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Britain's Prime Minister and Conservative Party leader David Cameron as he speaks at an election rally in Hendon in north London. British Prime Minister David Cameron's university days at Oxford are in the news Monday Sept. 21, 2015 thanks to a new book by a former Conservative Party treasurer Michael Ashcroft.

Toby Melville/AP

British politics are always fascinating, a mix of titters and back-biting, but a new book has sparked a social media storm unlike few others, drawing an angry response from the prime minister's office.

On Monday, British Prime Minister David Cameron's university days at Oxford were in the news — and causing national bemusement — thanks to a new book by a former Conservative Party treasurer.

Michael Ashcroft, a wealthy businessman who donated millions to the party before falling out with Cameron, has co-written "Call Me Dave," an unauthorized biography that includes allegations of undergraduate drug-taking and juvenile sexual escapades.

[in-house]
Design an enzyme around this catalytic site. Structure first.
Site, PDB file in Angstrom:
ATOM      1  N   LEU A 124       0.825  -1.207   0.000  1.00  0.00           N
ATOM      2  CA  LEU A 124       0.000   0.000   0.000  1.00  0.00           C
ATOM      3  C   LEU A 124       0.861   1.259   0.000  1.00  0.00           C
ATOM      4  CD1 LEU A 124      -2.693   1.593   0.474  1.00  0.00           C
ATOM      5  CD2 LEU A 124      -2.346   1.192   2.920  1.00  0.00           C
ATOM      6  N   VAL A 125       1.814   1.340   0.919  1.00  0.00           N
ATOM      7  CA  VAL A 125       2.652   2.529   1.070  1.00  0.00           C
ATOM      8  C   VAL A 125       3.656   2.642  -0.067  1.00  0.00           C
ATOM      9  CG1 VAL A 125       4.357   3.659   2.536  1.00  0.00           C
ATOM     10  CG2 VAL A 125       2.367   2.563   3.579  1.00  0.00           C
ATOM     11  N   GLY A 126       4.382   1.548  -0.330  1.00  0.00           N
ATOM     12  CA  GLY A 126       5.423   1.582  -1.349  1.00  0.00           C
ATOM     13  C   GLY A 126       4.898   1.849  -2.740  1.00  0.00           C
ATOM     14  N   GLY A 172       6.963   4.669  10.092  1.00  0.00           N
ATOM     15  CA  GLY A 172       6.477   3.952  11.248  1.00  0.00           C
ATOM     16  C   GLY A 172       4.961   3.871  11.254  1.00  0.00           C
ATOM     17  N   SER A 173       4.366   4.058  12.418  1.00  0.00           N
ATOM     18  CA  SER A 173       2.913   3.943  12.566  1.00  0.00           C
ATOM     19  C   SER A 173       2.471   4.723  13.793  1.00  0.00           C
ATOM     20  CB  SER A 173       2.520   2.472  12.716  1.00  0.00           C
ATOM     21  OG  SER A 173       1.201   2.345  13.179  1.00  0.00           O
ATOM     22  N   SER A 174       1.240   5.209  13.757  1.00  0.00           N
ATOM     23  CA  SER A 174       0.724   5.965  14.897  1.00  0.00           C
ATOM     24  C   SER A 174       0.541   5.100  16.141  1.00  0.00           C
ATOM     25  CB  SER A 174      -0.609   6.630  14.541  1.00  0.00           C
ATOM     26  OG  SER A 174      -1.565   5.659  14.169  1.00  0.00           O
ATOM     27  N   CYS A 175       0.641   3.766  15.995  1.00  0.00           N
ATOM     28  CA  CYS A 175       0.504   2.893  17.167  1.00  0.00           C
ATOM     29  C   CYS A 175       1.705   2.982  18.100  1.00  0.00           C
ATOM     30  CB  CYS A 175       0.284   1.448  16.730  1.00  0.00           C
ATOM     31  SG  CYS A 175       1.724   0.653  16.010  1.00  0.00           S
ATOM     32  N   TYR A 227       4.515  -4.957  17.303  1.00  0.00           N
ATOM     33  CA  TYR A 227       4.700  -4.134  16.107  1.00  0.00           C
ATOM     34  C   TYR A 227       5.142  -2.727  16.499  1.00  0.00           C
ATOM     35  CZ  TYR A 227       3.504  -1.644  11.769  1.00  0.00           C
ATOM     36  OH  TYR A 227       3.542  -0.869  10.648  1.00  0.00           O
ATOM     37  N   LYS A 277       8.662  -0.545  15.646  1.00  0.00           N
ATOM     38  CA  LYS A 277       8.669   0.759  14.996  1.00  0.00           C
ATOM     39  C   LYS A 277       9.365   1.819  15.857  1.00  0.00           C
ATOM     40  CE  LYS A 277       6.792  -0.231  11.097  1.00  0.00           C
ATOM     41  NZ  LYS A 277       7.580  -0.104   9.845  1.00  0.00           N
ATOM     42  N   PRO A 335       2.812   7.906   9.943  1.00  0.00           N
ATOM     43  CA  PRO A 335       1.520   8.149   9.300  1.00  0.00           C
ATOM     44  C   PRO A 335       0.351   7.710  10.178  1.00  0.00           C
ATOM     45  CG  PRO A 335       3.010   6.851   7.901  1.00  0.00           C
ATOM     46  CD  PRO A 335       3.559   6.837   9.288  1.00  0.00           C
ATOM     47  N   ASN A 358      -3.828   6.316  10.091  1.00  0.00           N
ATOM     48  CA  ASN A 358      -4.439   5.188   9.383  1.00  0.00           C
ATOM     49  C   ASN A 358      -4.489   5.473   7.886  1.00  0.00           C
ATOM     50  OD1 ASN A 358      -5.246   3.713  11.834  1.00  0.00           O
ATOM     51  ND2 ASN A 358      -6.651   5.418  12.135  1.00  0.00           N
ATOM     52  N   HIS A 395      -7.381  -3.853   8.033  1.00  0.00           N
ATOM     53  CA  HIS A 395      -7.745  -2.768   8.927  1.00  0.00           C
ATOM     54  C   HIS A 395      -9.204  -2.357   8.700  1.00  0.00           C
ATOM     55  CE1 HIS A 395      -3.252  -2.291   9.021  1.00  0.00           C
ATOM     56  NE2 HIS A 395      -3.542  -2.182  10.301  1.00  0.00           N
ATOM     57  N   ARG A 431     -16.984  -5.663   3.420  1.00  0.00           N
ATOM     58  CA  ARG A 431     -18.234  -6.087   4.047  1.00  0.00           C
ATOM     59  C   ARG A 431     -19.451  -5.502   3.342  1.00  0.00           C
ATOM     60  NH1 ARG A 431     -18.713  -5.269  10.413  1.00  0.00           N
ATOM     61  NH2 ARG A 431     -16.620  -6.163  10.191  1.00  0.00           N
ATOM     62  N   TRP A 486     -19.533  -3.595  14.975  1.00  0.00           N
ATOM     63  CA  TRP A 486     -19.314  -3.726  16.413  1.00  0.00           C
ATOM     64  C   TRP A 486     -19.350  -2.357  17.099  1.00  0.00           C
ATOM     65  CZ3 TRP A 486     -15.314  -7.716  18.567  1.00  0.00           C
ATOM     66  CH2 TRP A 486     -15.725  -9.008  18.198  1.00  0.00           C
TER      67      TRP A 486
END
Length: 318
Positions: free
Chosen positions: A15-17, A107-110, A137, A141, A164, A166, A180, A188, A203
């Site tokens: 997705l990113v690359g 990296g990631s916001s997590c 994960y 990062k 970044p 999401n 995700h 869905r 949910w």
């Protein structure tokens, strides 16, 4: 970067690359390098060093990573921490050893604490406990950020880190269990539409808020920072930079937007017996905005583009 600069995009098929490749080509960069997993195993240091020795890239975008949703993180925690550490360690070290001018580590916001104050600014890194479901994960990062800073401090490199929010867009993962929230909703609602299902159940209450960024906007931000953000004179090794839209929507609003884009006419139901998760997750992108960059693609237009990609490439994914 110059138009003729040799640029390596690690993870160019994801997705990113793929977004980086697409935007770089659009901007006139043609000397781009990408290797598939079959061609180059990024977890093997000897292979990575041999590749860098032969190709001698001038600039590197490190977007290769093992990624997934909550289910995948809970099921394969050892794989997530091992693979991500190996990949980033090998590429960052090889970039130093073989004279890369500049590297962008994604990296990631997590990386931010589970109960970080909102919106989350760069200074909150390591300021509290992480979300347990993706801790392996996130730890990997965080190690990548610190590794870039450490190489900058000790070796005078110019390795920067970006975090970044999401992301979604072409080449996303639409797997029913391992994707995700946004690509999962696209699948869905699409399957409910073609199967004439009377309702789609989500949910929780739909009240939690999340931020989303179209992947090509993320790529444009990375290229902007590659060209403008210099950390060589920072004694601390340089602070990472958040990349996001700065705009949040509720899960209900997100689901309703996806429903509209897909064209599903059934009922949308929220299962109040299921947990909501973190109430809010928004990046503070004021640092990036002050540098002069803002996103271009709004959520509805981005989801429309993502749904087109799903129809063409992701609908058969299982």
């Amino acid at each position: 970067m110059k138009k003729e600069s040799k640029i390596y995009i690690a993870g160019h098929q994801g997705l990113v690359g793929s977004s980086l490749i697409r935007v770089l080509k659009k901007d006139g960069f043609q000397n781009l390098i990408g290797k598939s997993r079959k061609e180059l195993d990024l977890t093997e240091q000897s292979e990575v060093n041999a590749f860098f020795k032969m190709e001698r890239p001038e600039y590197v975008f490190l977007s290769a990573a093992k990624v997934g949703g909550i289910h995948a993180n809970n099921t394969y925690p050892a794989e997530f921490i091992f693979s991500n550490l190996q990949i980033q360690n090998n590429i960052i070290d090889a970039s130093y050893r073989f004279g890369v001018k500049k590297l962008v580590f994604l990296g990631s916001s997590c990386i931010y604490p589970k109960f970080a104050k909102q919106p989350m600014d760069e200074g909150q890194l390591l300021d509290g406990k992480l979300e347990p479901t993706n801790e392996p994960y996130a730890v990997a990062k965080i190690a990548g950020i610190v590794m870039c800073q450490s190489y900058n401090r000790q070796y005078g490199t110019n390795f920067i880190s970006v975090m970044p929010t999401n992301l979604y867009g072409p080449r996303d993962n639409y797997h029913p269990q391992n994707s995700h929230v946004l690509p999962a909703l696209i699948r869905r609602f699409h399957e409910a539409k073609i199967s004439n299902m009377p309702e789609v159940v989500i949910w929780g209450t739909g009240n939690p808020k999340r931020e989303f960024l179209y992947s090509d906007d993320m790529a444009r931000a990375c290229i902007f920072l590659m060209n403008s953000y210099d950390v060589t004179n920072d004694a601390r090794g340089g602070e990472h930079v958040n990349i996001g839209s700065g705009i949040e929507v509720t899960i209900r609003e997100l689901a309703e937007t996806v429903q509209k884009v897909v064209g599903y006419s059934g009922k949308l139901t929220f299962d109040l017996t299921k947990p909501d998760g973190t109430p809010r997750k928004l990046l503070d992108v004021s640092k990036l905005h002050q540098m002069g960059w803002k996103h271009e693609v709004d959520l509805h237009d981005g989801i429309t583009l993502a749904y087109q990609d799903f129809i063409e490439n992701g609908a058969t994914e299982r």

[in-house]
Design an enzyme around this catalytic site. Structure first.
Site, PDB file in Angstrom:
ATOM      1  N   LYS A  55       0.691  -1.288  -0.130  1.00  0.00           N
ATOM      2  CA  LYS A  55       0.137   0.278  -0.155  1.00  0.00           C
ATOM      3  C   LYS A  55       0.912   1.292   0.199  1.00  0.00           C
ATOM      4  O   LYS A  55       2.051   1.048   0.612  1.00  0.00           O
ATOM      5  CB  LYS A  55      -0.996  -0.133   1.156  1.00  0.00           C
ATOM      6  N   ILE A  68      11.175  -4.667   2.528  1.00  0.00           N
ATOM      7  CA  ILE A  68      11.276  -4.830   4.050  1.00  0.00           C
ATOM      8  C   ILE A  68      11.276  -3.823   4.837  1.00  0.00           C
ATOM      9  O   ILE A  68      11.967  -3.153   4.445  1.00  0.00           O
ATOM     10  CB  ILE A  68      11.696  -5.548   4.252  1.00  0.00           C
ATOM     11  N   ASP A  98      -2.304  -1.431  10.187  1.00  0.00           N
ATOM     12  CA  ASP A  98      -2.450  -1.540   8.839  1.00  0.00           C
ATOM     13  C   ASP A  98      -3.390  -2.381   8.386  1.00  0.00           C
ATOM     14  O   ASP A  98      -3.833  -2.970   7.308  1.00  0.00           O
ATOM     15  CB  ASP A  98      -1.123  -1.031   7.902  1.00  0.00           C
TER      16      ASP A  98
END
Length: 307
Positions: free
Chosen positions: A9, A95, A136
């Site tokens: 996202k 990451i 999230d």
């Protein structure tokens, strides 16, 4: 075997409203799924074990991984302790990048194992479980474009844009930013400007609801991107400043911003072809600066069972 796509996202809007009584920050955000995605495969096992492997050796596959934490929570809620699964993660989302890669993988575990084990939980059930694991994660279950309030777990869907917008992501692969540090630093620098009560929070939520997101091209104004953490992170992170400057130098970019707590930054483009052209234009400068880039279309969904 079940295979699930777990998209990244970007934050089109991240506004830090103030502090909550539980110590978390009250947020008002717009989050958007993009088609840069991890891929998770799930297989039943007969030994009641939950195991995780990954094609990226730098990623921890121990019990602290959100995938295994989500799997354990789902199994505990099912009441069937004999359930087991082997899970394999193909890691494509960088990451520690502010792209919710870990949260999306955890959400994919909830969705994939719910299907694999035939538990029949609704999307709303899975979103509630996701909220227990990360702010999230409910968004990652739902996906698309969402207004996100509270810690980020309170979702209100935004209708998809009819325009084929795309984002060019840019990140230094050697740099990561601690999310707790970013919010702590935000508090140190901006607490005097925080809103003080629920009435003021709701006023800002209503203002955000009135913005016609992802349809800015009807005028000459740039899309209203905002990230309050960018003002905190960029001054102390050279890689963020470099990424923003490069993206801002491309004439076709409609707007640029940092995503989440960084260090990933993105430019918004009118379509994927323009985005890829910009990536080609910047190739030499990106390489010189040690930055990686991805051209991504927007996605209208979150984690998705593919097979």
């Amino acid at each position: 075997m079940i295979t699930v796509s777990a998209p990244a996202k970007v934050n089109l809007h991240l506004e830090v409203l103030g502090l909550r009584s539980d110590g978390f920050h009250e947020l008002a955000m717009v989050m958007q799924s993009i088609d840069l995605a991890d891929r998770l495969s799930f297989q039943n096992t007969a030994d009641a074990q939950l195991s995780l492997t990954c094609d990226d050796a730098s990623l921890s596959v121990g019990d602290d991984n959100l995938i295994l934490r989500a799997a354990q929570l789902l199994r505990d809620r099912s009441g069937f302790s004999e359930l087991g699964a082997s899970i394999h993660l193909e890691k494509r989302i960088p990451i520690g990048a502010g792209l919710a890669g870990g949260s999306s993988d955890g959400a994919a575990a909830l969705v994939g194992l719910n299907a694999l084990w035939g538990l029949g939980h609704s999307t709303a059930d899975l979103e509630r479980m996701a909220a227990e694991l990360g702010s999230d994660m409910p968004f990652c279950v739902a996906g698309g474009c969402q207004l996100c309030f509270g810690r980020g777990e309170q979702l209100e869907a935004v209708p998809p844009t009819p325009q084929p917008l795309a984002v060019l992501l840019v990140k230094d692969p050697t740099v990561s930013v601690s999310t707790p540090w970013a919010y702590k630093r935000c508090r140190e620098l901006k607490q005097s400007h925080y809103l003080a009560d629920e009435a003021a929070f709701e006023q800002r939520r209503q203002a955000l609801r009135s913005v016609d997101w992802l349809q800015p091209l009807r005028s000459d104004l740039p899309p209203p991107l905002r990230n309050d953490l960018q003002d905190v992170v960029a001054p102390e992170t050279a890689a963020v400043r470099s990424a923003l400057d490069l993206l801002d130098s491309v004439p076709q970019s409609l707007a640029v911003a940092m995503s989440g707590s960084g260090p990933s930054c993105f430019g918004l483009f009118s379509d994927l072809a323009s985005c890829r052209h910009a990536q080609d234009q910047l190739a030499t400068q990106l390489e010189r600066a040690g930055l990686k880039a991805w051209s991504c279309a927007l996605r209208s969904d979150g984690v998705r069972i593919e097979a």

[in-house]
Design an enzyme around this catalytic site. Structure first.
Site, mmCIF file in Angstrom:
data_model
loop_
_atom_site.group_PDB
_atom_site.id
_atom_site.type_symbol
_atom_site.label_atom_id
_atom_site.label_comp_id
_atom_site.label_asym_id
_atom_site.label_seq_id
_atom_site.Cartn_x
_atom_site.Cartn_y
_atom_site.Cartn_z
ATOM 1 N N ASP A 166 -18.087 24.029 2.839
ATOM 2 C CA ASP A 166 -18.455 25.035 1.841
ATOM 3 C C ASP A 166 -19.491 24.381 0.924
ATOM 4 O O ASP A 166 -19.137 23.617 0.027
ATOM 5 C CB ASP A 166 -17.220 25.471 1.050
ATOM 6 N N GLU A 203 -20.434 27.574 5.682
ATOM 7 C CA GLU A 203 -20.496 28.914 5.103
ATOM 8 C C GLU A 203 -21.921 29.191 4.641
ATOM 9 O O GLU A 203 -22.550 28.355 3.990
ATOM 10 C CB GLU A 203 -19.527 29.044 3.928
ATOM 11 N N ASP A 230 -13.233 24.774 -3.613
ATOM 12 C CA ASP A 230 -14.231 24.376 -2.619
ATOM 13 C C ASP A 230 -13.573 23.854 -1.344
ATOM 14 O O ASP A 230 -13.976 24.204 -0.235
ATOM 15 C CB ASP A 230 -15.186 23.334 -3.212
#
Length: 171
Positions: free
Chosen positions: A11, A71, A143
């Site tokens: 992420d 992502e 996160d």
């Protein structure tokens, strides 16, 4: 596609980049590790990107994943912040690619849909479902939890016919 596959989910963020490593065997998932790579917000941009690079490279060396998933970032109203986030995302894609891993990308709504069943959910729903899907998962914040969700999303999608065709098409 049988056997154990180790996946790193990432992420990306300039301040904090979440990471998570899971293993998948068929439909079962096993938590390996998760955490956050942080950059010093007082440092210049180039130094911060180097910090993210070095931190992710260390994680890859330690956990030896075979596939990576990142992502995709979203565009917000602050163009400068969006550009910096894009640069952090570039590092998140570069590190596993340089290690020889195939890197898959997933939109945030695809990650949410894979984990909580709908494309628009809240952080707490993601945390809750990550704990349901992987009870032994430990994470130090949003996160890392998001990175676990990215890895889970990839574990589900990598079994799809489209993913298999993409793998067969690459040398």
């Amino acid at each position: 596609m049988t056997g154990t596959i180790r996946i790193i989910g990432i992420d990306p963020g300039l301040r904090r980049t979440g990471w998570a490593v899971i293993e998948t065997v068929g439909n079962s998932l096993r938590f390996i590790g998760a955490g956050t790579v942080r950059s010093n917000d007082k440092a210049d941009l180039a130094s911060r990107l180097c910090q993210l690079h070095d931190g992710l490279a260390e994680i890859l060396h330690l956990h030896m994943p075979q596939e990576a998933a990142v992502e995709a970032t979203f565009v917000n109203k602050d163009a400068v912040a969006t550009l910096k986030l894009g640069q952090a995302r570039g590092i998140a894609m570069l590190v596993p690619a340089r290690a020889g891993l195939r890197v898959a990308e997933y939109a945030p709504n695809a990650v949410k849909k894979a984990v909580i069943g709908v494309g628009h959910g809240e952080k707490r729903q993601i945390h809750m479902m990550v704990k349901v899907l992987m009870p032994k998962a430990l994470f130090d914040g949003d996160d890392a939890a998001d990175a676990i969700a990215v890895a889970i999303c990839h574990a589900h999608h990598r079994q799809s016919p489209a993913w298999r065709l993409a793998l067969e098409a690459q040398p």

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Extracts published Monday in the Daily Mail newspaper claim Cameron smoked marijuana with friends — often while listening to 1970s rock group Supertramp. The book also quotes an unnamed college contemporary as saying Cameron once inserted "a private part of his anatomy" into the mouth of a dead pig during an initiation ritual for a student club.

Downing Street said Cameron wouldn't "dignify" the claims with a response, and they are likely to prove more embarrassing than harmful. Satirical responses flourished on social media under the hashtags #piggate and #hameron.

Cameron, 48, has often sought to play down his privileged upbringing. He attended Eton College, the country's most famous private school, and Oxford, where he was a member of the Bullingdon Club, a raucous drinking-and-dining society with a reputation for drunken vandalism.

Downing Street portrayed the book as political revenge by an aggrieved former colleague.

Ashcroft, who co-authored the book with journalist Isabel Oakeshott, wrote that he had a "beef" with Cameron because he wasn't offered a senior government job as promised after the Conservatives were elected in 2010.

His most potentially damaging allegation is a claim that Cameron knew in 2009 that Belize-based Ashcroft was registered as "non-domiciled" in Britain and didn't pay U.K. tax on his foreign earnings.

Ashcroft was appointed a Conservative member of the House of Lords in 2000, and his tax status embarrassed the party when it was revealed in 2010, but Cameron claimed he hadn't previously been aware of it.

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